Visual Servoing Platform  version 3.1.0 under development (2017-11-24)
Tutorial: How to create and build a CMake project that uses ViSP on Unix or Windows
Note
We assume in this tutorial that you have successfully installed ViSP either with an Installation from prebuild SDK or with an Installation from source.

In this tutorial you will learn how to use ViSP either on Unix-like systems (including OSX, Fedora, Ubuntu, Debian, ...) or on Windows.

The easiest way of using ViSP in your project is to use CMake. If you are not familiar with CMake, you can check the tutorial.

Note also that all the material (source code and images) described in this tutorial is part of ViSP source code and could be downloaded using the following command:

$ svn export https://github.com/lagadic/visp.git/trunk/tutorial/image

Create a program using ViSP

Let's start to write our first program to see how to read an image and open a window to display the image. This simple program is provided in tutorial-viewer.cpp example and given below:

#include <visp3/gui/vpDisplayD3D.h>
#include <visp3/gui/vpDisplayGDI.h>
#include <visp3/gui/vpDisplayGTK.h>
#include <visp3/gui/vpDisplayX.h>
#include <visp3/gui/vpDisplayOpenCV.h>
#include <visp3/io/vpImageIo.h>
int main(int argc, char** argv)
{
if(argc != 2) {
printf( "Usage: %s <image name.[pgm,ppm,jpeg,png,tiff,bmp,ras,jp2]>\n", argv[0] );
return -1;
}
try {
vpImageIo::read(I, argv[1]);
}
catch(...) {
std::cout << "Cannot read image \"" << argv[1] << "\"" << std::endl;
return -1;
}
try {
#if defined(VISP_HAVE_X11)
#elif defined(VISP_HAVE_GDI)
#elif defined(VISP_HAVE_OPENCV)
#elif defined(VISP_HAVE_GTK)
#elif defined(VISP_HAVE_D3D9)
vpDisplayD3d d(I, vpDisplay::SCALE_AUTO);
#else
std::cout << "No image viewer is available..." << std::endl;
#endif
vpDisplay::setTitle(I, "My image");
std::cout << "A click to quit..." << std::endl;
}
catch(vpException &e) {
std::cout << "Catch an exception: " << e << std::endl;
}
}

Here is the detailed explanation of the source, line by line :

#include <visp3/gui/vpDisplayD3D.h>
#include <visp3/gui/vpDisplayGDI.h>
#include <visp3/gui/vpDisplayGTK.h>
#include <visp3/gui/vpDisplayX.h>
#include <visp3/gui/vpDisplayOpenCV.h>

Include all the headers for image viewers. The two first one are for Windows systems. They require that Direct 3D or the Graphical Device Interface (GDI) coming with the installation of Visual Studio are available. The third one needs GTK that is cross-platform. The fourth is for unix-like systems and requires that libX11 is available. The last one is also cross-platform and requires that OpenCV is available.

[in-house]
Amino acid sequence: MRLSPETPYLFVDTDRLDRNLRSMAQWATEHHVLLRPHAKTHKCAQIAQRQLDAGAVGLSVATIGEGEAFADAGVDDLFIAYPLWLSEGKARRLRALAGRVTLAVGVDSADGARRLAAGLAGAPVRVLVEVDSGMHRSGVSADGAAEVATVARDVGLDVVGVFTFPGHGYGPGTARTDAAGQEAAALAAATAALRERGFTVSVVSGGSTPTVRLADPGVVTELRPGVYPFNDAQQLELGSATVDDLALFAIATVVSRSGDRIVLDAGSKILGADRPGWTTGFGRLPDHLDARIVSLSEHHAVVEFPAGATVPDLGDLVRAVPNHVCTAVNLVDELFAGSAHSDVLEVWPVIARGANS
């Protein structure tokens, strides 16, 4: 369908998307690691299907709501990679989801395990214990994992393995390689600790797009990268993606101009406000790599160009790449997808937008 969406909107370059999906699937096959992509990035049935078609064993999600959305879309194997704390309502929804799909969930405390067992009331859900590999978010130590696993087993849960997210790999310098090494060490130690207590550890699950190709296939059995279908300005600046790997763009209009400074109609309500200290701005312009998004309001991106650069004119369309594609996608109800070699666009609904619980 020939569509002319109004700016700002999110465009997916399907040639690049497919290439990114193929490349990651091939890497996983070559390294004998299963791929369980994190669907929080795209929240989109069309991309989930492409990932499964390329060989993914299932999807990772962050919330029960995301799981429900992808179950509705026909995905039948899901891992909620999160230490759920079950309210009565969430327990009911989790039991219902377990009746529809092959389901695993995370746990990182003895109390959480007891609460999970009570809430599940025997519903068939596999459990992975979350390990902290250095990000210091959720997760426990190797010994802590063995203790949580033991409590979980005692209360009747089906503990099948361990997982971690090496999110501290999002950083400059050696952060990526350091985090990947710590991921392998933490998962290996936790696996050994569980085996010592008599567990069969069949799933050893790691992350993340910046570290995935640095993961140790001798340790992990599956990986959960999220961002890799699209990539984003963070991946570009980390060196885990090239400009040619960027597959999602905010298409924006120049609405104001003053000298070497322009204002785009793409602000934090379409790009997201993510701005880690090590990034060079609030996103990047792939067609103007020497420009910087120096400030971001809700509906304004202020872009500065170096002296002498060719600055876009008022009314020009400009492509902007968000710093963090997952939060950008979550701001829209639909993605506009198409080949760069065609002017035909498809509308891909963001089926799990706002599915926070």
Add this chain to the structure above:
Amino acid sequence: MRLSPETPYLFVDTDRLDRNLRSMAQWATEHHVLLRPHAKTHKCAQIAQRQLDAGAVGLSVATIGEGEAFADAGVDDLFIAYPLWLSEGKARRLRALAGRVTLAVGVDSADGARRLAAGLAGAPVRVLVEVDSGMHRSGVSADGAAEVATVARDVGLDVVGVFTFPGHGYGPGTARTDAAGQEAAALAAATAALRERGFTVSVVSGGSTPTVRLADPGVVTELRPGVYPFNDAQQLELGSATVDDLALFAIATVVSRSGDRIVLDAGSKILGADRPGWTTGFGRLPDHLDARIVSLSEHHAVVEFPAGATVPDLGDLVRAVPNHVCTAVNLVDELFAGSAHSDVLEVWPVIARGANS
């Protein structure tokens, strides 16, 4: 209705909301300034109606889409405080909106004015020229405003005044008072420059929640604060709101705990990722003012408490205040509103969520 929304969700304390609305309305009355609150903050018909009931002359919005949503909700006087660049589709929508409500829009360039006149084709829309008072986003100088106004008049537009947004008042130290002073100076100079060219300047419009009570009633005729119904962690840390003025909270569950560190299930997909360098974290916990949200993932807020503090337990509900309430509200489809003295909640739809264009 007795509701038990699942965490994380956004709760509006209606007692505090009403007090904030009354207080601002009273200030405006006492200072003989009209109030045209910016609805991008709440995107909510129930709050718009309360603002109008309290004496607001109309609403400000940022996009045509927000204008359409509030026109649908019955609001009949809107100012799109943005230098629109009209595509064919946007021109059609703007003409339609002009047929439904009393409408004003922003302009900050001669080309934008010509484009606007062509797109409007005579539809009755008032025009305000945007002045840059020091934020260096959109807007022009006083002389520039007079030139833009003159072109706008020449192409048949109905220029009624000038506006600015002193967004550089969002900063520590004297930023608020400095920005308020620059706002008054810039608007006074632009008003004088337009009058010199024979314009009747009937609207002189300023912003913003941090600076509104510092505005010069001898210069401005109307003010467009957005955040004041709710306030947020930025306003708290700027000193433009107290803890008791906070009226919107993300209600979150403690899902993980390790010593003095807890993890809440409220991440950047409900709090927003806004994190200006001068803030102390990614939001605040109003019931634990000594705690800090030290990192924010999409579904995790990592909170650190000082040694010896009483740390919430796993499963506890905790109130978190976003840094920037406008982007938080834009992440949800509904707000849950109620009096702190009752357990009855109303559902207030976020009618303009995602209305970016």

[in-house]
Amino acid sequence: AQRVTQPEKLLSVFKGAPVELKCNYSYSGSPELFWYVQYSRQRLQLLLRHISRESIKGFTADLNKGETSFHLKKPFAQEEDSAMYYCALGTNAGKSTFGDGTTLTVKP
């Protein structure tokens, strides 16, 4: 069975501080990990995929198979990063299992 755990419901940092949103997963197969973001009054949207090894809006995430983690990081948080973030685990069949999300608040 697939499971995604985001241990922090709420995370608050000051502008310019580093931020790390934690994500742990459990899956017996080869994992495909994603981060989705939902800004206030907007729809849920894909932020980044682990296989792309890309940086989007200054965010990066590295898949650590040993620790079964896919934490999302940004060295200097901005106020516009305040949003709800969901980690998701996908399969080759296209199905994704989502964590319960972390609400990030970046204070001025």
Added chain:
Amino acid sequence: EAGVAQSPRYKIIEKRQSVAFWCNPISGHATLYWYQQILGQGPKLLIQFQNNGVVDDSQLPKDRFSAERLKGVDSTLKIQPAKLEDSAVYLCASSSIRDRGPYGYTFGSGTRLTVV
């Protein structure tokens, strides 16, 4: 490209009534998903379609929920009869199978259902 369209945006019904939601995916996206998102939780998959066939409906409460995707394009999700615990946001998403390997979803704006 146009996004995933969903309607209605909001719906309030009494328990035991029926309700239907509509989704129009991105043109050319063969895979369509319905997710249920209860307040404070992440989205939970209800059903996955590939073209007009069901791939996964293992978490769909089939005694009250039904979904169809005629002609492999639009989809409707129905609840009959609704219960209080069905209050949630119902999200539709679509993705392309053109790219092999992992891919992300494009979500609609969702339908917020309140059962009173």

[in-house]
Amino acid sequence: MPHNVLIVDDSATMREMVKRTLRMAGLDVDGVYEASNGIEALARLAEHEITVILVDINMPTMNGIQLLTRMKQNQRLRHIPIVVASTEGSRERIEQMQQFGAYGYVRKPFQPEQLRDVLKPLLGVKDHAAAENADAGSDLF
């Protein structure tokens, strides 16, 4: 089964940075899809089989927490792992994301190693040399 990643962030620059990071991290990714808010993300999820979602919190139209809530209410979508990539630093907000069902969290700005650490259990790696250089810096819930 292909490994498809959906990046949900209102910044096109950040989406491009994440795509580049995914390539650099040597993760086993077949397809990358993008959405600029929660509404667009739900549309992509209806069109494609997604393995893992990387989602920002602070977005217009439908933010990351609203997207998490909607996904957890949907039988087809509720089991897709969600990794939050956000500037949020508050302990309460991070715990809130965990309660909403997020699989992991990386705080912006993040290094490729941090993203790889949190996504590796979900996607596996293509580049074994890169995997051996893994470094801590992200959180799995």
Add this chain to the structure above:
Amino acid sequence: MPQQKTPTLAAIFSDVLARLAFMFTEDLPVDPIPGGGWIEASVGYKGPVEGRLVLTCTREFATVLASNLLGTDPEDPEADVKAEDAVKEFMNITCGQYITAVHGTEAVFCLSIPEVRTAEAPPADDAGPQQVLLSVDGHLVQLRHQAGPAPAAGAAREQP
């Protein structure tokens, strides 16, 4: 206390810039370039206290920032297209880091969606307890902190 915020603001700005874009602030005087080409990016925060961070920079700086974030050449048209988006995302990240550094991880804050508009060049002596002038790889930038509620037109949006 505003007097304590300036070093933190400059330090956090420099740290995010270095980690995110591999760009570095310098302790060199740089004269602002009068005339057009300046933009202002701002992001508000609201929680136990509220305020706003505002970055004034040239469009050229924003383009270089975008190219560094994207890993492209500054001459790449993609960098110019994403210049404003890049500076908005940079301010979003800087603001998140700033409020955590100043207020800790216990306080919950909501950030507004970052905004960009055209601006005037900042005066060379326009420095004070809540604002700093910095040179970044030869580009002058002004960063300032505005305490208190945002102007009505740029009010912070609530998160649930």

#include <visp3/io/vpImageIo.h>

Include the header that allows to read/write PGM, PPM, PNG and JPEG images from the disk using vpImageIo class.

Create an instance of a color image where each pixel is coded in RGBa.

try {
vpImageIo::read(I, argv[1]);
}
catch(...) {
std::cout << "Cannot read image \"" << argv[1] << "\"" << std::endl;
return -1;
}

The image I is initialized by reading an image file from the disk. If the image format is not supported we throw an exception.

#if defined(VISP_HAVE_X11)
#elif defined(VISP_HAVE_GDI)
#elif defined(VISP_HAVE_OPENCV)
#elif defined(VISP_HAVE_GTK)
#elif defined(VISP_HAVE_D3D9)
vpDisplayD3d d(I, vpDisplay::SCALE_AUTO);
#else
std::cout << "No image viewer is available..." << std::endl;
#endif

Create an instance of an image display window for image I. The first viewer that is available is used. Here we create the link between the image I and the display d. Note that an image can only have one display.

vpDisplay::setTitle(I, "My image");

The title of the display is then set to "My image".

First we display the content of the image I, then we flush the display to render the image.

Here we handle mouse events. We are waiting for a blocking mouse click to end the program.

Create a CMake file

Now you have to create your CMakeLists.txt file. It should look like this:

project(tutorial-image)
cmake_minimum_required(VERSION 2.8)
find_package(VISP REQUIRED)
include_directories(${VISP_INCLUDE_DIRS})
add_executable(tutorial-viewer tutorial-viewer.cpp)
target_link_libraries(tutorial-viewer ${VISP_LIBRARIES})

The find_package() CMake command searches for a VISPConfig.cmake file that will define the corresponding variables: